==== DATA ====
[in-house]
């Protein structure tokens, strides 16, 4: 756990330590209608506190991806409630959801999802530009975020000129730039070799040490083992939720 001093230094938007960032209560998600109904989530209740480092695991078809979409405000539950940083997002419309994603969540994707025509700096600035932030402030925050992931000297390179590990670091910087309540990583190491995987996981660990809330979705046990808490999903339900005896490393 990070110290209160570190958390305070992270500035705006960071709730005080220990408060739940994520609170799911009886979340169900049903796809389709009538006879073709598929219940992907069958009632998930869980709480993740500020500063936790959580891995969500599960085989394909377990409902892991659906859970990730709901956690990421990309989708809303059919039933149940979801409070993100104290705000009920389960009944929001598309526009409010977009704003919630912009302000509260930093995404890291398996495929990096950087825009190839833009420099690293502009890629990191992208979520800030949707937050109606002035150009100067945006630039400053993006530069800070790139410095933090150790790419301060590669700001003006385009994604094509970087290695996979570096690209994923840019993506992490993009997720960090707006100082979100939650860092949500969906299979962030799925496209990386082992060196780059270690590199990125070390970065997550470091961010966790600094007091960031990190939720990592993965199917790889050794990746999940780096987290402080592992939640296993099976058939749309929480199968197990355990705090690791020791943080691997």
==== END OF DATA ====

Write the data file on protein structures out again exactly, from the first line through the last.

[in-house]
């Protein structure tokens, strides 16, 4: 756990330590209608506190991806409630959801999802530009975020000129730039070799040490083992939720 001093230094938007960032209560998600109904989530209740480092695991078809979409405000539950940083997002419309994603969540994707025509700096600035932030402030925050992931000297390179590990670091910087309540990583190491995987996981660990809330979705046990808490999903339900005896490393 990070110290209160570190958390305070992270500035705006960071709730005080220990408060739940994520609170799911009886979340169900049903796809389709009538006879073709598929219940992907069958009632998930869980709480993740500020500063936790959580891995969500599960085989394909377990409902892991659906859970990730709901956690990421990309989708809303059919039933149940979801409070993100104290705000009920389960009944929001598309526009409010977009704003919630912009302000509260930093995404890291398996495929990096950087825009190839833009420099690293502009890629990191992208979520800030949707937050109606002035150009100067945006630039400053993006530069800070790139410095933090150790790419301060590669700001003006385009994604094509970087290695996979570096690209994923840019993506992490993009997720960090707006100082979100939650860092949500969906299979962030799925496209990386082992060196780059270690590199990125070390970065997550470091961010966790600094007091960031990190939720990592993965199917790889050794990746999940780096987290402080592992939640296993099976058939749309929480199968197990355990705090690791020791943080691997």